SALEM — For more than 40 years, the Robert I. Lappin Charitable Foundation’s Youth to Israel Adventure program has brought Cape Ann and North Shore teens to Israel to help them keep Jewish.
For the first time in its history, the program is hosting a group of Israeli teens on the North Shore, many of whom made friends this past summer with local Youth to Israel kids as they traveled around Israel in July.
The Israeli teens, who are part of a Young Ambassadors Program, plan to arrive at Temple Ner Tamid in Peabody on this evening. A Hanukkah party this Thursday at Temple Emanu-El in Marblehead will welcome the visitors, said Deborah Coltin, executive director of the Lappin Foundation. About 200 people have already responded and plan to attend this event.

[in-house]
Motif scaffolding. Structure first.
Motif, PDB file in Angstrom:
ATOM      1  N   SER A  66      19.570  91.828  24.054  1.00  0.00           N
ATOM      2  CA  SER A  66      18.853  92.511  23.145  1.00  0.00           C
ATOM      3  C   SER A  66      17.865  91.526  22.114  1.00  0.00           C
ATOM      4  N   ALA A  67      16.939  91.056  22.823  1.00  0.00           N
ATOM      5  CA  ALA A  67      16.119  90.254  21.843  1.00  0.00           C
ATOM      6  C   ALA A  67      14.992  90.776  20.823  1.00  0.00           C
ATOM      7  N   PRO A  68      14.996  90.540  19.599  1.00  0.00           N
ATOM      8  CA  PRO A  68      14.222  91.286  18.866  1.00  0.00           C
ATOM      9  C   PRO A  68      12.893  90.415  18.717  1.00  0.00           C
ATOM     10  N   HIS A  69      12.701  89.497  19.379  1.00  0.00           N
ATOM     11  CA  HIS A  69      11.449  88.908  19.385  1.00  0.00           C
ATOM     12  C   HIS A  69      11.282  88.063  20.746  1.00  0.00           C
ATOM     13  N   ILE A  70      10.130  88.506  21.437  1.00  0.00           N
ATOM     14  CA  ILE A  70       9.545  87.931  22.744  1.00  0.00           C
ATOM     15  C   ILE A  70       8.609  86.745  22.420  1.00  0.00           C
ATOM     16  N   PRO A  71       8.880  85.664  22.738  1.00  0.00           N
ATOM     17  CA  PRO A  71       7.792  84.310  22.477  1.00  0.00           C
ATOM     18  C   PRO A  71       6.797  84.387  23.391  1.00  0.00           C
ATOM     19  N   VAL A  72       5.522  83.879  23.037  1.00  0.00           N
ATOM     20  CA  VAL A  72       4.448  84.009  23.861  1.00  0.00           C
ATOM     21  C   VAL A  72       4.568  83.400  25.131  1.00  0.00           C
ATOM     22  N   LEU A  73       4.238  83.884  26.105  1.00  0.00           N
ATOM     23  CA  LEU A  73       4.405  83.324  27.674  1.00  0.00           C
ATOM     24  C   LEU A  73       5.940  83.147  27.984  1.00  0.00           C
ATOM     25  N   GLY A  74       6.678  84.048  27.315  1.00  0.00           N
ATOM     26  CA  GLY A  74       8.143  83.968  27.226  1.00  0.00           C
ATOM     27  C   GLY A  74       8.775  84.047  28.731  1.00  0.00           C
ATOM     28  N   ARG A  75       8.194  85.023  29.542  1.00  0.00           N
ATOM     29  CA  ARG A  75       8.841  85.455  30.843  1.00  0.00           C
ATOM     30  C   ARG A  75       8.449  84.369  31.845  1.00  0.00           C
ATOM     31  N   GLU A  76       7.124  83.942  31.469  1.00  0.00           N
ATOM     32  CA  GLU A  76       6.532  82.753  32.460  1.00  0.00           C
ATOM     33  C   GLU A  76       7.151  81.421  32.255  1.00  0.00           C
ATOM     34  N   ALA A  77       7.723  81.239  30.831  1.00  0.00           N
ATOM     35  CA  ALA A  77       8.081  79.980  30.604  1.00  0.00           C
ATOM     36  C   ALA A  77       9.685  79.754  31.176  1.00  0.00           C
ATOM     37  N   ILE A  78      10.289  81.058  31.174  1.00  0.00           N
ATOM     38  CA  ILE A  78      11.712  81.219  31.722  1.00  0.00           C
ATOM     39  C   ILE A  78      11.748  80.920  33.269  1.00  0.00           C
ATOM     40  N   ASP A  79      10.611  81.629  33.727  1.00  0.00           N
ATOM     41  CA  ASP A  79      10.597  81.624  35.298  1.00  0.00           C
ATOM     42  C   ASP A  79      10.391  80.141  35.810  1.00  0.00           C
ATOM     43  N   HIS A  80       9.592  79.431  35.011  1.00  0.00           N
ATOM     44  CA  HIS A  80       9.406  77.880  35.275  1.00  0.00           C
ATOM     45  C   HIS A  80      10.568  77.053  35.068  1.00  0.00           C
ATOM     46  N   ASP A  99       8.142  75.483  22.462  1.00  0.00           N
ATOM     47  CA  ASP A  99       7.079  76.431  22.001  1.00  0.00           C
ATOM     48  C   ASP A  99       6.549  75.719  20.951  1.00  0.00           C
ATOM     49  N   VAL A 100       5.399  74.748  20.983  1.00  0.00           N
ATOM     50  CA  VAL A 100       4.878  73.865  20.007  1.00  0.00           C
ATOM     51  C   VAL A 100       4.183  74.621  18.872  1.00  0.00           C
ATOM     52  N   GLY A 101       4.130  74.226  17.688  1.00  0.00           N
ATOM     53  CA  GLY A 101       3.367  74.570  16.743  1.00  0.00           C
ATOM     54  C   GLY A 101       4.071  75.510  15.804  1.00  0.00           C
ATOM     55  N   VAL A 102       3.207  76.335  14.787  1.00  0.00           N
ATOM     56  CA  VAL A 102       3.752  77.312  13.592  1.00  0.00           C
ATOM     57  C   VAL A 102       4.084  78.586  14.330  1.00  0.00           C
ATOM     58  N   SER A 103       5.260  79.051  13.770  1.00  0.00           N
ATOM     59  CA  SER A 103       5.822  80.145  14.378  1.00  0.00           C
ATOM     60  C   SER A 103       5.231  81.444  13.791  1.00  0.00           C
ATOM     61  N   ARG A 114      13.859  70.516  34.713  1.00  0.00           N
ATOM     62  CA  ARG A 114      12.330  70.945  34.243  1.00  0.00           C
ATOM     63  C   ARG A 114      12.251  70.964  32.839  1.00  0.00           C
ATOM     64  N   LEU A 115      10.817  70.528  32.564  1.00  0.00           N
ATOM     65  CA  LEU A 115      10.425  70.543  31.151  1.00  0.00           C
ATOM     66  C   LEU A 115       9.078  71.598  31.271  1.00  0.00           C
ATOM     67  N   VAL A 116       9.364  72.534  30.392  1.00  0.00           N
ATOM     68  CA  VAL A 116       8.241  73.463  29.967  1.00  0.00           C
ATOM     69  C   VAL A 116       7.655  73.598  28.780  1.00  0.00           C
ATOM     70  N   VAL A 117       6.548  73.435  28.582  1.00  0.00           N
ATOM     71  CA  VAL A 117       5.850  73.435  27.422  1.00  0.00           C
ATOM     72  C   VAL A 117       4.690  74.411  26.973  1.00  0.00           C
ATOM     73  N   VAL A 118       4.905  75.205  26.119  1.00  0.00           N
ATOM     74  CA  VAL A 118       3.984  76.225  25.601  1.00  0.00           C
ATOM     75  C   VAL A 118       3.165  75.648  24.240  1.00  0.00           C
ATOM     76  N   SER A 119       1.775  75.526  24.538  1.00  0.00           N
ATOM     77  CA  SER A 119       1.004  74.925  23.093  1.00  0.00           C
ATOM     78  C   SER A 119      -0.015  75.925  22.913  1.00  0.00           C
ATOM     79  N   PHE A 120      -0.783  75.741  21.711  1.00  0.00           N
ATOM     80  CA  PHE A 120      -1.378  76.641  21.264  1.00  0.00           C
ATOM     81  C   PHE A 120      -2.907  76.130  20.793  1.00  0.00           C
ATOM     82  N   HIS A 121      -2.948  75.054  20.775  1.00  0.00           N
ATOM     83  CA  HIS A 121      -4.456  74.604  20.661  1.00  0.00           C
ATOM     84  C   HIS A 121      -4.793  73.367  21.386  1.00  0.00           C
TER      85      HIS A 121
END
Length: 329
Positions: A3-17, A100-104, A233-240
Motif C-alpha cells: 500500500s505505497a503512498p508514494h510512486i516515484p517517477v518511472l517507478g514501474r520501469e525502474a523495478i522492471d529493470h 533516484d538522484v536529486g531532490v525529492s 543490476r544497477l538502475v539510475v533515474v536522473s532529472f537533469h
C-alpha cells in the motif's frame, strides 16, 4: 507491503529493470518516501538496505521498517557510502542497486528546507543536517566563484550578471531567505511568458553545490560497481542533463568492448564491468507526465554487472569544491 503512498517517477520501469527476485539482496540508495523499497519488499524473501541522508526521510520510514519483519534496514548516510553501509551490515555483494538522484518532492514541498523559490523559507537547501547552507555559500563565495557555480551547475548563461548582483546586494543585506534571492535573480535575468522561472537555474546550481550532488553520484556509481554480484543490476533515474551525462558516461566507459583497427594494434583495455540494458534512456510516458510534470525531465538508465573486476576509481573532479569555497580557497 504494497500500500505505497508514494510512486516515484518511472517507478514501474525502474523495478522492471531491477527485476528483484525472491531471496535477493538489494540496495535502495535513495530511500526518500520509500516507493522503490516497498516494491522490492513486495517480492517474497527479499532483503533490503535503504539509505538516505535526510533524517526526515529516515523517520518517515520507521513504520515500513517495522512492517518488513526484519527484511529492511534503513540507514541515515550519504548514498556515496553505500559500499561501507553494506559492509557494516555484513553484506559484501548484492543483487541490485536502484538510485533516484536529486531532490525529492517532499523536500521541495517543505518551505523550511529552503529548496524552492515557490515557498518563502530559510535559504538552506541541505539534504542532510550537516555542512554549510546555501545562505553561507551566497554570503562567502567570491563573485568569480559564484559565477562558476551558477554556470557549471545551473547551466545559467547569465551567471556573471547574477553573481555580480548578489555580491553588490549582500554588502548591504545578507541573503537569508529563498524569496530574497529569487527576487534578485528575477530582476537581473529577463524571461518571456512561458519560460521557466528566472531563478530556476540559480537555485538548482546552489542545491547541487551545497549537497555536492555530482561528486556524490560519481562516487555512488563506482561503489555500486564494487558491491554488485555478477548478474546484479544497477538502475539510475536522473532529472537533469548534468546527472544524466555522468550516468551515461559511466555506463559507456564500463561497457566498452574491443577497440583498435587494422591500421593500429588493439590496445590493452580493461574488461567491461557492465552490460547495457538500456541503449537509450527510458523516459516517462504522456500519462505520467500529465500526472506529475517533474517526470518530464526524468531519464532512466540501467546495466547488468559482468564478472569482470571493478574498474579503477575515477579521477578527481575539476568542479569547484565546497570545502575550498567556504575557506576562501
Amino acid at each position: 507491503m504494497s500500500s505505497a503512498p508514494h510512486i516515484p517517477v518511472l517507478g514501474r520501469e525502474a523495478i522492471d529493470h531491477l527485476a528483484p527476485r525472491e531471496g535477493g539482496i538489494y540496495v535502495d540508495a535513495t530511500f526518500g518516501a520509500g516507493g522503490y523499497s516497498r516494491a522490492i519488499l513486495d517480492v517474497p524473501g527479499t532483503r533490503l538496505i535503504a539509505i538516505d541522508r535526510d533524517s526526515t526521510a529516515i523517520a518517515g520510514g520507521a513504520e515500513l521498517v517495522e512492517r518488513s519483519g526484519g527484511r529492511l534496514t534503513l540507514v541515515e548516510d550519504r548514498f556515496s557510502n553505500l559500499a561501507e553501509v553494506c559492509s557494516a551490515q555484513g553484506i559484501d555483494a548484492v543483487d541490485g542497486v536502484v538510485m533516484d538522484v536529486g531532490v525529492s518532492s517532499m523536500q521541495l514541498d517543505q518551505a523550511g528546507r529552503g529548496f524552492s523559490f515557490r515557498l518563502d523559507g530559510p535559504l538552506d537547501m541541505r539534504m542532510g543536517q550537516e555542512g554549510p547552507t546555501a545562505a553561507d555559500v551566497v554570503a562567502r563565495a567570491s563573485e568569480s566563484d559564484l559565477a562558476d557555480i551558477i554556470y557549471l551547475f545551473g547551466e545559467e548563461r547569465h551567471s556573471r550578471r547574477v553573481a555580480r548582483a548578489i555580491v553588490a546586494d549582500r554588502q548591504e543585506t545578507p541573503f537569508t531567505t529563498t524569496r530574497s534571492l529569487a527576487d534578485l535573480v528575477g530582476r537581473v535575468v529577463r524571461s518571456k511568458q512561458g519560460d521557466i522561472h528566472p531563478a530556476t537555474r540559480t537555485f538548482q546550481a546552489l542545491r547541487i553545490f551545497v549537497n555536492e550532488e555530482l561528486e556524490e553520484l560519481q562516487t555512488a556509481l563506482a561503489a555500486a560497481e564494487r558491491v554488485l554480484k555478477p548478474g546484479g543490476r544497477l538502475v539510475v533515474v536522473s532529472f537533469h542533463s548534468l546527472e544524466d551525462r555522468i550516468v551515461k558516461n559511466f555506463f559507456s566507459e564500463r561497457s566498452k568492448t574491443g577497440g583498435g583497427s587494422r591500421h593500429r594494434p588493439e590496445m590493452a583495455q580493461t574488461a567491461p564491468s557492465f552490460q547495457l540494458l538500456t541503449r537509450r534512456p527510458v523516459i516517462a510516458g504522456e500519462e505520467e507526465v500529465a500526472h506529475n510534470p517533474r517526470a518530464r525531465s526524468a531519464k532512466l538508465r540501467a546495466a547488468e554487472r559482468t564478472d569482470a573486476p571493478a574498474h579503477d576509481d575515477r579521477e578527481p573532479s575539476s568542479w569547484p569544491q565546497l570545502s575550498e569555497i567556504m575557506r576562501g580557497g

About 25 Israeli teens and nine teachers and staff are coming to the North Shore, having arrived in New York on Thursday, Coltin said. Among the group is the deputy mayor of Petah Tikva, the city where the Young Ambassadors Program and school is based.
The Israeli delegation is being hosted by families on the North Shore.
“We had more kids who wanted to host than kids coming,” Coltin said.
“They are very excited,” said Stephen Aiello, who is traveling with the Israeli group, about the Israeli students’ eagerness to come to the North Shore.
The aim of the Youth to Israel Adventure program, also known as Y2I, is to enhance Jewish teens’ identities and keep them Jewish. It was started in 1971 by Robert Lappin, a well-known Swampscott philanthropist and owner of Shetland Park in Salem. Coltin said she went on the Y2I trip in 1973.
The program is one of the most successful programs of its kind in the nation, Coltin said, drawing 60 percent of the Jewish teens on the North Shore who are eligible to travel, compared with 10 percent nationally who go on some sort of community-based teen Israel experience.